Monday, 14 September 2015

Theological concepts behind the Early Modern ‘Witch Craze’

by Ethan Creamer




The fight of the City of Satan (Babylon) against the City of God (Syon). From Aurelius Augustinaus' De Civitate Dei, printed by Johann Amerbach, Basel, in 1489.




Both Exodus and Leviticus in the Old Testament had condemned witches in around 560 B.C.:


Exodus 22:18: “Thou shalt not suffer a witch to live.” The Latin Vulgate, (standard text of the RC Church) renders this passage as “maleficos non patieris vivere,” Maleficos meaning “Evil-doers.” The Suffix “os,” is gender neutral in Latin, implying that Evil-doers of both genders should not be tolerated. Leviticus 20:27 “A man also or woman that hath a familiar spirit, or that is a wizard, shall surely be put to death: they shall stone them with stones: their blood shall be upon them.”


Witch-hunts were not denomination-specific;  both Catholic and Protestant regions of Europe felt the force of the Witch Hunters – though they differed in some areas such as beliefs concerning the nature of Witchcraft, the power of Witches and Burning at the stake was the method employed most often by Catholics, whilst Protestant authorities often would hang those found guilty of Witchcraft. Whilst more women than men were tried, they were not gender-specific. We can observe that, whilst there were many contributing factors, by and large, that theological discussion, the theological literalism and the proclivity of this society not to respect the individual (in favour of social uniformity) are the main underlying causes of the Witch Craze largely between the years 1500-1700 – and all of this was inflamed by the reformation, which was a major cause of increasing theological dialogue and religious tension across Europe.
The Early Christian Theologian and Philosopher St Augustine of Hippo, in his work De Civitate Dei contra Paganos (The City of God against the Pagans), describes the doctrine of the two cities, one earthly and one heavenly and that salvation derives from acknowledgement only of the nature of Christ and of subsequent communion with the Church. Augustine even blames the existence of natural evil such as Natural disasters on Fallen Angels, thus negating any chance of the otherwise apparent imperfect design, which cannot be attributed to the omnipotent, omniscient and omnibenevolent God of the Abrahamic faiths – and is a demonstration that this key Church Father sees the power of Satan and his host as tangible and therefore evidently immanent. He refutes the teachings of Apuleius in Book VIII where he suggests that demons are ‘the slaves of vice’ – they delight in what is abhorred by the virtuous and the just, this is an early connection given such things which are meant to be abhorred are magical practices, greed, idolatry and sexual vice – later to be the practices denounced as Witchcraft. The superstitions and idolatry must be abolished.


Conversely, he stated that all pagan magic and religion (whether their effects were illusory or real) were invented by the Devil to lure humanity away from Christianity. He also argued that neither Satan nor witches could have any real supernatural powers or could be capable of effectively invoking magic of any sort, and it was merely the "error of the pagans" to believe in "some other divine power than the one God of Christendom". Thus, if witches were indeed powerless, the Church had no need to concern itself with their spells or other attempts, or to bother itself with investigating allegations of witchcraft – this had been accepted by the early medieval Church for several centuries, and persecution of heresy the main focus of the Church. The Anglo-Saxon St. Boniface stated in the 8th century that belief in the existence in witches was un-Christian. The great King of the Franks Charlemagne had even claimed in 789 that belief in Witchcraft by its very nature was heretical, as it legitimized the beliefs held by Pagans. He was crowned Imperator Romanorum on Christmas day in 800 by Pope Leo III.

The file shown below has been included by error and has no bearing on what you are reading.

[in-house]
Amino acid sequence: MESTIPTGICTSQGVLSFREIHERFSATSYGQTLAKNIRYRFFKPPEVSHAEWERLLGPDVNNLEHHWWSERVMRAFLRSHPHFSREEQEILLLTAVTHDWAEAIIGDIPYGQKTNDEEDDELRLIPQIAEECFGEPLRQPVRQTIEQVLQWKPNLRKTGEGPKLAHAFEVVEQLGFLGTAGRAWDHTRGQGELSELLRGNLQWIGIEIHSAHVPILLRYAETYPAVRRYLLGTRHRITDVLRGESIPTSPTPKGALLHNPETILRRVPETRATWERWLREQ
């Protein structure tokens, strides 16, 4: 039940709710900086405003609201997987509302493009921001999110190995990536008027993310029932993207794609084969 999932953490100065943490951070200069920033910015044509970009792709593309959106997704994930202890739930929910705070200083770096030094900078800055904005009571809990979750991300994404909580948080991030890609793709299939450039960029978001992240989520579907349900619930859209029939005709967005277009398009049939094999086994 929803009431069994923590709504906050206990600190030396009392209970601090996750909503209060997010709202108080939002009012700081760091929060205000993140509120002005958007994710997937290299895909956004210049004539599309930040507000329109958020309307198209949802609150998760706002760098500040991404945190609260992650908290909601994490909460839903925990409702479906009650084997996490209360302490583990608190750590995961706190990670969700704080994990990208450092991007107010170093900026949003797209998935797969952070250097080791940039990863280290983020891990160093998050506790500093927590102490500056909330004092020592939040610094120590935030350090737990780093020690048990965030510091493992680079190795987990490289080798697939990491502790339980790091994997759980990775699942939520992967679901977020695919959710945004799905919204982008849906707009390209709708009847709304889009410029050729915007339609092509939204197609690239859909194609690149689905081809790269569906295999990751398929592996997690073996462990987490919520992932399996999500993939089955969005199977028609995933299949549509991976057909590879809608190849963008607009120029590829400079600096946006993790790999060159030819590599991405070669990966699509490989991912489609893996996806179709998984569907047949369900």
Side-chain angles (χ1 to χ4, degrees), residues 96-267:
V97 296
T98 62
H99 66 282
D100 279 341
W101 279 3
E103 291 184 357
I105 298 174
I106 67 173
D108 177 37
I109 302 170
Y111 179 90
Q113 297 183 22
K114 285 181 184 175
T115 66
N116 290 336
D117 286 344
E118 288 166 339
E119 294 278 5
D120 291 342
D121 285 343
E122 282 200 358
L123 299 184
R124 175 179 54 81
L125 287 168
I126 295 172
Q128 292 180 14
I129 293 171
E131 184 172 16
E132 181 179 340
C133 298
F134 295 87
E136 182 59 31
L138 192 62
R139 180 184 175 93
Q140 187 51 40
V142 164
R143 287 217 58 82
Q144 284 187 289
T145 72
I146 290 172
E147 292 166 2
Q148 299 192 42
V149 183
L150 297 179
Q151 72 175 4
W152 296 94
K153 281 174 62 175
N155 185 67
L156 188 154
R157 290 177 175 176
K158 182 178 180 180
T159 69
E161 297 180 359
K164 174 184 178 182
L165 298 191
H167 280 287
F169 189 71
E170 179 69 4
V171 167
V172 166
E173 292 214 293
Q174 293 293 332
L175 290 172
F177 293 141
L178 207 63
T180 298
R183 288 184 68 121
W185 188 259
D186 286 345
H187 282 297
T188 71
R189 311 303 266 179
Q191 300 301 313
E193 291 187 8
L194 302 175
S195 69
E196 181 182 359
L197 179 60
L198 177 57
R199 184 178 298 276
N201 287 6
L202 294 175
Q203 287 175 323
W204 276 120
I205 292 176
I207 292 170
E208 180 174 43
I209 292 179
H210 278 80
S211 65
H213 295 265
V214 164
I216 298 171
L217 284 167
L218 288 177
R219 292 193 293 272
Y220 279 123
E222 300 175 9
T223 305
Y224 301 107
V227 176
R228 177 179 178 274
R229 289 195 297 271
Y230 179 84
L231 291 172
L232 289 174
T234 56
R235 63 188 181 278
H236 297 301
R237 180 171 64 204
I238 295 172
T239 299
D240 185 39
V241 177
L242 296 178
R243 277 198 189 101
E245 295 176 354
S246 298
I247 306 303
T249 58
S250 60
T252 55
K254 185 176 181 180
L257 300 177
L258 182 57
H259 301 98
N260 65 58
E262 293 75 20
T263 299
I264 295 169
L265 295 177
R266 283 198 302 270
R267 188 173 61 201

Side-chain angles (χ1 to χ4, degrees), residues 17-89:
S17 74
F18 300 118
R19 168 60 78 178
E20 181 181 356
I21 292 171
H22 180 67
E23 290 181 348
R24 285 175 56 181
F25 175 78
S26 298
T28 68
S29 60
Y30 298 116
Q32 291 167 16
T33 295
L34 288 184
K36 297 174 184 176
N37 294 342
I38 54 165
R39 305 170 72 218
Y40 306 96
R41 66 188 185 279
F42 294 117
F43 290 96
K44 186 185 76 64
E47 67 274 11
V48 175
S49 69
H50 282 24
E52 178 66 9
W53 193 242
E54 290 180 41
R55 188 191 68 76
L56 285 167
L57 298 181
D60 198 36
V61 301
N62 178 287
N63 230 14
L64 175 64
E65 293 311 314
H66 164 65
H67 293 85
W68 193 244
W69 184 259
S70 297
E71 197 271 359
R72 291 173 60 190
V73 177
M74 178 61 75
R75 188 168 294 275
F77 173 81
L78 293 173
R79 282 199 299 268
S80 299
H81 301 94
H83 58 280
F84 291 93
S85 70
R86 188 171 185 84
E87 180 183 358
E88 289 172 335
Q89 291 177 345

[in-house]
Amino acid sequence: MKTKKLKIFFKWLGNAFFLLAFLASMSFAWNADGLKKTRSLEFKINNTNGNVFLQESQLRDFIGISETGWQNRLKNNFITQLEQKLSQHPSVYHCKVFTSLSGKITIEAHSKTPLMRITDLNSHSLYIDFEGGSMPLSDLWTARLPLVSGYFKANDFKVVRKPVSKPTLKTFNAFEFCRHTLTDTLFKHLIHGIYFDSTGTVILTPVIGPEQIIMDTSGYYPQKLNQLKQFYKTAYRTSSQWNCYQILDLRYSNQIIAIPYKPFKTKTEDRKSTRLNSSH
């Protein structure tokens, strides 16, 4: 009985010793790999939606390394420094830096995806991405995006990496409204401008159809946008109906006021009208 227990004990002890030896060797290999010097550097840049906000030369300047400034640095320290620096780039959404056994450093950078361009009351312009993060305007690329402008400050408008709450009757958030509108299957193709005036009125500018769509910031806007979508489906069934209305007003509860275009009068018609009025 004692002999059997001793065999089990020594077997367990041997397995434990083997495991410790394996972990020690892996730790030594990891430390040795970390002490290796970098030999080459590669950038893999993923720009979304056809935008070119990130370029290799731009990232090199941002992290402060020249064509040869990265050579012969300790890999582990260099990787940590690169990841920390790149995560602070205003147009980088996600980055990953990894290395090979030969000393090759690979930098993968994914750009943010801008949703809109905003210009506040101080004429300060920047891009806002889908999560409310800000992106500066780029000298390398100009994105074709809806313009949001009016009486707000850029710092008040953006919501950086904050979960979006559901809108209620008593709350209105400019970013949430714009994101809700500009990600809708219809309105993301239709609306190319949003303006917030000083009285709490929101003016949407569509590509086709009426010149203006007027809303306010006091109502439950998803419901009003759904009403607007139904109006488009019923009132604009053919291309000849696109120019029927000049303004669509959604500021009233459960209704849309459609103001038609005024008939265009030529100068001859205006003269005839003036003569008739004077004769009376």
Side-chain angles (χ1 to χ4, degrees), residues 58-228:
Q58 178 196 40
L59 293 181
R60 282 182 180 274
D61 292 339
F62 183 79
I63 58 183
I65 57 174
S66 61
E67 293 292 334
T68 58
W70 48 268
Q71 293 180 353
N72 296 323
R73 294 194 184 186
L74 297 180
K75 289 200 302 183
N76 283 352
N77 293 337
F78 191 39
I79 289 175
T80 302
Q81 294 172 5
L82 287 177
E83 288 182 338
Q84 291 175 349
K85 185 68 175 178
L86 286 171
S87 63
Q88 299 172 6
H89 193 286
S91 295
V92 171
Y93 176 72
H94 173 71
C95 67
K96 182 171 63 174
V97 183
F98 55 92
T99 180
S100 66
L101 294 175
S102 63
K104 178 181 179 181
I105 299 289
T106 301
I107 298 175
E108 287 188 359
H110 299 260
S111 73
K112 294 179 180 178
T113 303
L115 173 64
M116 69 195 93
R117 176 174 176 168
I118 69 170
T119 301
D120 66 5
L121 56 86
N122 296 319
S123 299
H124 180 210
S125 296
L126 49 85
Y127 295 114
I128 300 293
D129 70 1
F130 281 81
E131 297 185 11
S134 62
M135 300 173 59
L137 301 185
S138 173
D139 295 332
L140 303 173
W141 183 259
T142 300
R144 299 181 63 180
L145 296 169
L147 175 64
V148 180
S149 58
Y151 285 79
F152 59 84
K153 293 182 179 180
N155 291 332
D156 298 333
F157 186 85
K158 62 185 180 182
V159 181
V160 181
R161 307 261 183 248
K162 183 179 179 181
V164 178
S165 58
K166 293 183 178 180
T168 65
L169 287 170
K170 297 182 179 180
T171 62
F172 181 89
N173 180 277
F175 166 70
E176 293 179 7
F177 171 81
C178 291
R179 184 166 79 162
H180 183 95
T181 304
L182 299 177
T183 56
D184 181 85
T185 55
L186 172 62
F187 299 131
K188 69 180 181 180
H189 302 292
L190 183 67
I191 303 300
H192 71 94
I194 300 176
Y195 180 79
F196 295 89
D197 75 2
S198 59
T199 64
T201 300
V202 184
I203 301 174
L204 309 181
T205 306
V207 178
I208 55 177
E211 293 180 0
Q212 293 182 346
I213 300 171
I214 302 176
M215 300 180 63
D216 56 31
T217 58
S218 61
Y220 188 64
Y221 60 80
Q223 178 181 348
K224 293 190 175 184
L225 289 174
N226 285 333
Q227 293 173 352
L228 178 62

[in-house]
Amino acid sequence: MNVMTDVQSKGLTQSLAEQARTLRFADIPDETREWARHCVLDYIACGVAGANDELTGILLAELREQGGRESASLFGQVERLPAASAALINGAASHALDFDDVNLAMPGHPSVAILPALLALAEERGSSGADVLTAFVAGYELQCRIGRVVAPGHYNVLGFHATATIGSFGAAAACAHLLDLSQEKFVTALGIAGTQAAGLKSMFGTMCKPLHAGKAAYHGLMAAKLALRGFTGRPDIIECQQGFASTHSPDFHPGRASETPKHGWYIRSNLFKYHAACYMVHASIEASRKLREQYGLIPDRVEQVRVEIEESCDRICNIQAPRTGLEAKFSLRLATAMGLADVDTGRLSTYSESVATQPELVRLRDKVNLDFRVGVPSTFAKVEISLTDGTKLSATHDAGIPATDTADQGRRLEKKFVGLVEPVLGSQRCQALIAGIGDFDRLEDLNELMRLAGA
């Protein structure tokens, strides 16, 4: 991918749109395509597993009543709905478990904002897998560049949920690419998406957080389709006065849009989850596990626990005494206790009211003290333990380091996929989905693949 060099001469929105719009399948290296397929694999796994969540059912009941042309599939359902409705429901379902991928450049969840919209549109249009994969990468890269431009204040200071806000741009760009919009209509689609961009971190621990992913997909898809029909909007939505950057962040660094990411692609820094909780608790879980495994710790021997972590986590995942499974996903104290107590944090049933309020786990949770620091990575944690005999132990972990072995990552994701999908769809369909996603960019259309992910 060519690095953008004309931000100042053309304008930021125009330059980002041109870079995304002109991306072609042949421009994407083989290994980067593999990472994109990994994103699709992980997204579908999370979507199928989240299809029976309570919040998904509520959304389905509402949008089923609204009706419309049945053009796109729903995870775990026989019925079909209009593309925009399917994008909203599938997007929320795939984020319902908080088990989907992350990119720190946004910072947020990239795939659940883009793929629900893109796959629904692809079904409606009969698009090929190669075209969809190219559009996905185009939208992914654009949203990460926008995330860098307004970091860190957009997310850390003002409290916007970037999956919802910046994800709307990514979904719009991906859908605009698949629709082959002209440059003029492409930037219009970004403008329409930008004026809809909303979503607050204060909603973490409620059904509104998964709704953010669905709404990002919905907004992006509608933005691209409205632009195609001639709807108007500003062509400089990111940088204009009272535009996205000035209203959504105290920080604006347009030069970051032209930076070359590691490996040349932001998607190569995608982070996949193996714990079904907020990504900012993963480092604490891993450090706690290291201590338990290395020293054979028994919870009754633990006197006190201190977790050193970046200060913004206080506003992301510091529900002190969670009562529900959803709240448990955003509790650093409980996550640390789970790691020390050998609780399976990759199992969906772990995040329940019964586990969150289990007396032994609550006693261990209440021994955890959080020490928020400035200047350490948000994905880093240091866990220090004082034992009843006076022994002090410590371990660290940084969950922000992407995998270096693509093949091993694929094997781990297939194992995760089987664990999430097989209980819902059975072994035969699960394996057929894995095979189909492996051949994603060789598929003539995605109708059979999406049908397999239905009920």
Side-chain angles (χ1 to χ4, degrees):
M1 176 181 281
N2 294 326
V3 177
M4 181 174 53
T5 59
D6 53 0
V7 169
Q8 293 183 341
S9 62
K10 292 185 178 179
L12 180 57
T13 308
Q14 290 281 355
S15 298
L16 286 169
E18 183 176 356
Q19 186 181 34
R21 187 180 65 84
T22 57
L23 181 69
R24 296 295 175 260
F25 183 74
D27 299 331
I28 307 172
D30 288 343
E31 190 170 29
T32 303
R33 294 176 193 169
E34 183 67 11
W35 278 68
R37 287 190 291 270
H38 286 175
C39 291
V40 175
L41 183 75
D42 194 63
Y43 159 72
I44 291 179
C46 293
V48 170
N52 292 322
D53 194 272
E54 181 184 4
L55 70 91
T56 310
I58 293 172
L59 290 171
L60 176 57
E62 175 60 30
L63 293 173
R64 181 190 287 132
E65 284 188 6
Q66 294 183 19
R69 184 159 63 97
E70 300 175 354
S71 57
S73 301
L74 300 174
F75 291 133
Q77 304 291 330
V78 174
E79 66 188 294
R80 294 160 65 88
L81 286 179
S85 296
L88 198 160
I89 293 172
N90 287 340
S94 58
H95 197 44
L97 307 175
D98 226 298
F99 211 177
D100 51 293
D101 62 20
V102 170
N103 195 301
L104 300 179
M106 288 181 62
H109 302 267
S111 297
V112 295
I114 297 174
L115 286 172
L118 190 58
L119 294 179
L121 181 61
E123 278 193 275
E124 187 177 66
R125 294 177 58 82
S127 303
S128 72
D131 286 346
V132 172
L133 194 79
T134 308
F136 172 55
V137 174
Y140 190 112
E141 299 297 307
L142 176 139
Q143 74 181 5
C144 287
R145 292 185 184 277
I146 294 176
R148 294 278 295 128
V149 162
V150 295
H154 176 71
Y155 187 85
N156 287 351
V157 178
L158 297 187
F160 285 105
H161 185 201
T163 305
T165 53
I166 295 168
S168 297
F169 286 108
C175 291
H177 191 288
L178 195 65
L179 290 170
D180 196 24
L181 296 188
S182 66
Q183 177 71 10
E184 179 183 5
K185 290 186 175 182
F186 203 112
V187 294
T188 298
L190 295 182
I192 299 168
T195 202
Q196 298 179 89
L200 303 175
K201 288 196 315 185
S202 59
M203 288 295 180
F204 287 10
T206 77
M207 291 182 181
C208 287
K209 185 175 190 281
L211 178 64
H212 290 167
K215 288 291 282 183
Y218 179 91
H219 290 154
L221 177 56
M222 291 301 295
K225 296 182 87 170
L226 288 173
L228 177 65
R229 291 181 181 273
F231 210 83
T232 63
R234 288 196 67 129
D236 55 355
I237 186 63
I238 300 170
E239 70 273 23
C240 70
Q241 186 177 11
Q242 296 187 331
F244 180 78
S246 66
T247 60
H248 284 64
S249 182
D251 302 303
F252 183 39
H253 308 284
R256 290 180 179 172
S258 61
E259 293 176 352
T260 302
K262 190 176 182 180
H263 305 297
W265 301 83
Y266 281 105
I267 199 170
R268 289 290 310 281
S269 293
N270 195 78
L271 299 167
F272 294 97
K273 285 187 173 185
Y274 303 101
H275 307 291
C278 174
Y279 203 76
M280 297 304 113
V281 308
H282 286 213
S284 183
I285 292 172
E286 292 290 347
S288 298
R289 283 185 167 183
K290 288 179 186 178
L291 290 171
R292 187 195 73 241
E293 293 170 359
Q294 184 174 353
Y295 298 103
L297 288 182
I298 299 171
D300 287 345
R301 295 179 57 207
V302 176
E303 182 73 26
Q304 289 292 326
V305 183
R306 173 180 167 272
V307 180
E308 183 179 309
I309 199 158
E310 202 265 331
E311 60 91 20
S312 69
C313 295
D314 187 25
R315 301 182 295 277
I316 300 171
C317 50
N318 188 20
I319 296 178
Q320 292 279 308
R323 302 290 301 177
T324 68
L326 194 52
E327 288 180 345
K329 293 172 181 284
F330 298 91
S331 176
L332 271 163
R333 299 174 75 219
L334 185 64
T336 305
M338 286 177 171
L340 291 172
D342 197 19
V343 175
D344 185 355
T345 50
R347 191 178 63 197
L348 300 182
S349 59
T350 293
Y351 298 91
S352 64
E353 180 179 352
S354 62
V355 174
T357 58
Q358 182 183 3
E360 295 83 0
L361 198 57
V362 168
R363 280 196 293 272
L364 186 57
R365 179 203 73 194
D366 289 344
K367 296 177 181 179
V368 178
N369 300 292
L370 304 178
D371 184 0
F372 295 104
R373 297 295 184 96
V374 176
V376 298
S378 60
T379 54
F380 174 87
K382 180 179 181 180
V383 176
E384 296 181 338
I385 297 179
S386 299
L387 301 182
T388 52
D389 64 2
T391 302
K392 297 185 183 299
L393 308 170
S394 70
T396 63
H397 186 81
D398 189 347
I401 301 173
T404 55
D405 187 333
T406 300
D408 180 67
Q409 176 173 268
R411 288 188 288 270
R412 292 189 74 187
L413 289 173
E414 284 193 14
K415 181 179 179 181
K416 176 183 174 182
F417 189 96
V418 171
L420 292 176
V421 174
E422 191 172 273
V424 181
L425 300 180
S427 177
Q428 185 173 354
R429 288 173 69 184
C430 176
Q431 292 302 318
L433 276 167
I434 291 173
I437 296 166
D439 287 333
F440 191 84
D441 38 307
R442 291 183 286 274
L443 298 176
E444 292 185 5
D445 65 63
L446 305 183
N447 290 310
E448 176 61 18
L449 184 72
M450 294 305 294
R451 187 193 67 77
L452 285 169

Pope Innocent III - also decreed the Fourth Crusade of 1198
In 1208, Pope Innocent III opened an attack on Cathar heretics who believed in a world in which God and Satan, both having supernatural powers, were locked in a state of Spiritual warfare after the murder of his papal legate Pierre de Castelnau – this begun the Albigensian Crusade in Languedoc in 1209, lasting 20 years. The Church attempted to discredit the Cathar belief by spreading stories that the heretics actually worshiped an evil deity(s) in person. The Church depicted Cathars kissing the anus of Satan in a ceremonial show of loyalty to him – later an image heavily used to condemn Witches. As a result of the Church's sustained efforts, the understanding of Satan shifted from that of a more impersonal entity of privatio boni who was a deceiver, remaining powerless to God and his rock on Earth the Church, to a deeply sinister force and potentially personal. This might be seen not as a theological move actually against witchcraft, but rather is a contributing factor, when the actual theological divide was over the beliefs of Cathars, and the lurid accounts of Satanism as a potent political tool, which set the stage for later witch-hunts given the persecution was inflamed along lines of religious divide and theological divide. The Inquisition was established in 1234 to uproot the remaining Cathars. In 1273, St Thomas Aquinas argued that dangerous demons and witches are roaming the earth – but he was no committed demonologist – instead he focused on other areas of philosophical thought, and is revered as ‘Doctor Angelicus’, and is notable for his teachings on Ius Naturale.